The Spanish National Competition Commission (“NCC”) shelved two cases involving an alleged abuse of a dominant position in the telecommunications market due to lack of evidence. In both cases, the Council of the NCC reiterated the high standard of proof required to prove the existence of abusive conduct.
In the first case on shared-cost calls, the NCC investigated an alleged abuse of a dominant position consisting of predatory pricing (selling below cost-price) to drive competitors out of the market. This case was shelved because the Council of the NCC considered that the conduct in question could not exclude competitors from the market.
In the second case on call diversion, the NCC shelved the alleged abuse of a dominant position complaint made against various mobile telephone operators on the basis that there was no proof that third parties had been charged discriminatory tariffs that would give rise to abuse.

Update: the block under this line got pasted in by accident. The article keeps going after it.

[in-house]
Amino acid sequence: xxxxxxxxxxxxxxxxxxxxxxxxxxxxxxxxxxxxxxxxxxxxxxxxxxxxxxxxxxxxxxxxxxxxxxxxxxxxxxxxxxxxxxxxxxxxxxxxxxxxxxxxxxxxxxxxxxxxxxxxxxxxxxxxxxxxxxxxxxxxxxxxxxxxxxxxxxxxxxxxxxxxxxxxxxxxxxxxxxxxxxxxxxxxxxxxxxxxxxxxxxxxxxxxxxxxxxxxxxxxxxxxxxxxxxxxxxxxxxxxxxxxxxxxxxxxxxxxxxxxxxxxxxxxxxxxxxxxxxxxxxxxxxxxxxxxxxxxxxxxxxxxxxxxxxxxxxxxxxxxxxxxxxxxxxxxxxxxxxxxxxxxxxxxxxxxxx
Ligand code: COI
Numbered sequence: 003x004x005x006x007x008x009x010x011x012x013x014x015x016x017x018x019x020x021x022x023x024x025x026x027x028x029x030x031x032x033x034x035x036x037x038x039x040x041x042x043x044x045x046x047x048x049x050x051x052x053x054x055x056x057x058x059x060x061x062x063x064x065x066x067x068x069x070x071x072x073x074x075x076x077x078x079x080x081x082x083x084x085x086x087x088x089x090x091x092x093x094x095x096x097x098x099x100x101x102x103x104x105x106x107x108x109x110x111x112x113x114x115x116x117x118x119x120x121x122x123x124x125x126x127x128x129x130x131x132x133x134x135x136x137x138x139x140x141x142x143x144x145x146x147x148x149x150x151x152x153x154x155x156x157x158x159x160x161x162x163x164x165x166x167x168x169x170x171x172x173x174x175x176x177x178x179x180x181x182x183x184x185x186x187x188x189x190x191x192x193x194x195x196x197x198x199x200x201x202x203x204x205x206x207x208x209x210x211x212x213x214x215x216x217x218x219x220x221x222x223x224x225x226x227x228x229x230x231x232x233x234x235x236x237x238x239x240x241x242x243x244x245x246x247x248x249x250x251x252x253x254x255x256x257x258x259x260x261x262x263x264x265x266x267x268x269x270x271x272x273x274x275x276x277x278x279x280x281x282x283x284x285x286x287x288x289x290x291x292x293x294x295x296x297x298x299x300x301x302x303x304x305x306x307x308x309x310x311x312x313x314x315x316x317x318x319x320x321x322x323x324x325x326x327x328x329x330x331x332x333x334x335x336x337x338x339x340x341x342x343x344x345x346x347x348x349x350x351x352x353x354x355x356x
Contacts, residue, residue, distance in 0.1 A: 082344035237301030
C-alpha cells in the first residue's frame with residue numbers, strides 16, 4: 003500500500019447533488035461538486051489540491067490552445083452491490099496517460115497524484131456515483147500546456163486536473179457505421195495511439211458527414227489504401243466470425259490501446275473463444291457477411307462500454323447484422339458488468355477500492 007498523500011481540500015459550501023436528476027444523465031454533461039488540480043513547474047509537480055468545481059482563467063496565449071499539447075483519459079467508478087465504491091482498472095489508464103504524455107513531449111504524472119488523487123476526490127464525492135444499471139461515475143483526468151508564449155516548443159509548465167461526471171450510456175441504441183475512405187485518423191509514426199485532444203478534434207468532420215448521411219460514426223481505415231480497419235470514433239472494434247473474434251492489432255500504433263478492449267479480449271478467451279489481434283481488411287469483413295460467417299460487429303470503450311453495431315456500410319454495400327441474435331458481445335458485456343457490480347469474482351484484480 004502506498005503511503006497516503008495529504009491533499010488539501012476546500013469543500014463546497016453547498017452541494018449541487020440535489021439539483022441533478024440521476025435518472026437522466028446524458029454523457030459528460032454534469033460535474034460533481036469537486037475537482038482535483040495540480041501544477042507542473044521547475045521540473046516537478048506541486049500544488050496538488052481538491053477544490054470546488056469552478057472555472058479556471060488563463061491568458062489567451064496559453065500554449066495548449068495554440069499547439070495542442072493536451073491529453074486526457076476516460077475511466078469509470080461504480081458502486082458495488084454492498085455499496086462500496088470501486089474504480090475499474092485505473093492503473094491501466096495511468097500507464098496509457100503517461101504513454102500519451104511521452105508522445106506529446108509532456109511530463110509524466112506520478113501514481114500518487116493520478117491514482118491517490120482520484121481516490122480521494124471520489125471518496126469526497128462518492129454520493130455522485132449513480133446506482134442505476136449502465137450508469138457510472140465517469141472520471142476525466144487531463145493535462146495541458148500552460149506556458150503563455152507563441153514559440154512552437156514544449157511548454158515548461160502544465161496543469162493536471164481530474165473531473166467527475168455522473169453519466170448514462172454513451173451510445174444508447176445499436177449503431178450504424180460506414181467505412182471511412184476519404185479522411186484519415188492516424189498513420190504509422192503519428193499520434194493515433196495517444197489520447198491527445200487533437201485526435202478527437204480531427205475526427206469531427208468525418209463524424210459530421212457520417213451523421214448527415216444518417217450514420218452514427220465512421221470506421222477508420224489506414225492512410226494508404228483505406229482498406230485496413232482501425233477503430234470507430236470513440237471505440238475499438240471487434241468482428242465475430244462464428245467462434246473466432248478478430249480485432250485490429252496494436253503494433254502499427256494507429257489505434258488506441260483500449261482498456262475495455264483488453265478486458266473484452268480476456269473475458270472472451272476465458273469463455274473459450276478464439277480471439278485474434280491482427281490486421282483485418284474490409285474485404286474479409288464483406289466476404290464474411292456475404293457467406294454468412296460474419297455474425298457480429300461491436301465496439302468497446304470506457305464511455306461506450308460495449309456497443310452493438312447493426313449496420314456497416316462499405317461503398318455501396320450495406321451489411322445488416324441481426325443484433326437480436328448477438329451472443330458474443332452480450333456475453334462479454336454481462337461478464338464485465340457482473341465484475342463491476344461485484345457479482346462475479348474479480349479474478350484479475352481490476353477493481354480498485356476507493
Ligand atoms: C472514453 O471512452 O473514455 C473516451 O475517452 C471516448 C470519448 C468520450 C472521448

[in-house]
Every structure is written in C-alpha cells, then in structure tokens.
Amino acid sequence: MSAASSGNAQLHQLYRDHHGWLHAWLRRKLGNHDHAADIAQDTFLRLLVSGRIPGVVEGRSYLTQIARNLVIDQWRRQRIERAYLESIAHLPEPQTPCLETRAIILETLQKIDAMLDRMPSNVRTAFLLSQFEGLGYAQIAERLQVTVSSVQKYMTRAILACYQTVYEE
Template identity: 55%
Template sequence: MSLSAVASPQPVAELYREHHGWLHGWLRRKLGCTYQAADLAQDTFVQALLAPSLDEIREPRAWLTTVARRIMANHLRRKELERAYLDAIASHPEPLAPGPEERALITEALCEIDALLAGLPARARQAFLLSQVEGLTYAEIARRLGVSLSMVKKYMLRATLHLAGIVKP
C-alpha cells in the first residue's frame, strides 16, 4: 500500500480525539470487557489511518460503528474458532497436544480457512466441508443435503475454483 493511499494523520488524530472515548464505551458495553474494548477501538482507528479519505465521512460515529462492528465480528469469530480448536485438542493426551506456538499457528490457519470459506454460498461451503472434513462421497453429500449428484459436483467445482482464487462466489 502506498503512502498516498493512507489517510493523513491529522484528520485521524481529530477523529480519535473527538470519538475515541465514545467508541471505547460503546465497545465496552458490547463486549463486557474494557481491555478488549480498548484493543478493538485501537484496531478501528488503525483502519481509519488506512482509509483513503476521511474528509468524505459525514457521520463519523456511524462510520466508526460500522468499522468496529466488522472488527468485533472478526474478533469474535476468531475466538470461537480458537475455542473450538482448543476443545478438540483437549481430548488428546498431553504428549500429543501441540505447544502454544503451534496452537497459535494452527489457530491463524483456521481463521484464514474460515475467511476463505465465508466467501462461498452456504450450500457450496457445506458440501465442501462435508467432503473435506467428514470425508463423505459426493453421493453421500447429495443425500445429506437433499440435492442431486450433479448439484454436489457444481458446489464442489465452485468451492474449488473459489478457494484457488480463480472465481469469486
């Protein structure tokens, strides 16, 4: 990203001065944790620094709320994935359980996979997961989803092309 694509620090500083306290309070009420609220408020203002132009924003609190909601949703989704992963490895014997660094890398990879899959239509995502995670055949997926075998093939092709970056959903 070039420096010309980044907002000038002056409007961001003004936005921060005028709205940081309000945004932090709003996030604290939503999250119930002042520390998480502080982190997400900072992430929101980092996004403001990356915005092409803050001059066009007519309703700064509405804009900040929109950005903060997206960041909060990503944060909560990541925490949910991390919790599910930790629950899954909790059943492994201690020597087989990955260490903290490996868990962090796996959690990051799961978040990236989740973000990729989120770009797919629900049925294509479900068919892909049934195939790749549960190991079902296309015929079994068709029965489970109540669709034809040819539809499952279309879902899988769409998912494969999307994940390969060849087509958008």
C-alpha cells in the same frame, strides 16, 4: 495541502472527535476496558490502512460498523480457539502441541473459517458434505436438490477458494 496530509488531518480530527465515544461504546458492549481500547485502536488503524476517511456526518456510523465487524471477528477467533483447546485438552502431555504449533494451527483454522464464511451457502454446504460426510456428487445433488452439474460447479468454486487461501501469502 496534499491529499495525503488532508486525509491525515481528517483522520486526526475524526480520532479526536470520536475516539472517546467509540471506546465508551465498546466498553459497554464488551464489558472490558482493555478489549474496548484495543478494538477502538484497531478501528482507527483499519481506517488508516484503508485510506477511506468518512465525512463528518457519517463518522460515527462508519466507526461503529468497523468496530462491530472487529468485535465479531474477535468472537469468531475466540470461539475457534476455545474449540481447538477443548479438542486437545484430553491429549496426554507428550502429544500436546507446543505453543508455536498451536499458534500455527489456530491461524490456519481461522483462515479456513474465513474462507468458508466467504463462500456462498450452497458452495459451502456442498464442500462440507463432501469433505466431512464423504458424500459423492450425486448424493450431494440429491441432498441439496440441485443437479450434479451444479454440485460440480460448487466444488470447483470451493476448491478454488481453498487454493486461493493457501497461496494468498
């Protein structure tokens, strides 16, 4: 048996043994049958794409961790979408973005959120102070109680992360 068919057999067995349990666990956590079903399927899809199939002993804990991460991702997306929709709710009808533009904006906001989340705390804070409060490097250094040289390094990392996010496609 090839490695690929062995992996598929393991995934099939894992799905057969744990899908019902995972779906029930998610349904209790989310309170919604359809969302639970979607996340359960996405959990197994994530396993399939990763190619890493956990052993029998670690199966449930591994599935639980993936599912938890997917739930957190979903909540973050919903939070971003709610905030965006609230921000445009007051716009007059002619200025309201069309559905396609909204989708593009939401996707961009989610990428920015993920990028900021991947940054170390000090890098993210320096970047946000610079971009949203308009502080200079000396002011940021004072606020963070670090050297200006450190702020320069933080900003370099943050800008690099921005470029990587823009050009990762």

The two decisions relating to the telecommunications market are clear examples of the importance of adequate coordination between industry regulators, in this case the Telecommunications Market Commission (Comisión del Mercado de las Telecomunicaciones, “CMT”) and the competition authorities. In fact, in these decisions, the NCC repeatedly referred to the industry regulation imposed by the CMT and the CMT’s reports analysing the parties’ market position and their conduct. We will have to wait until the recently created National Markets and Competition Commission (Comisión Nacional de los Mercados y la Competencia) begins to operate to see if unifying the competition authority and various industry regulators will lead to a different analysis of the conduct of operators in regulated sectors.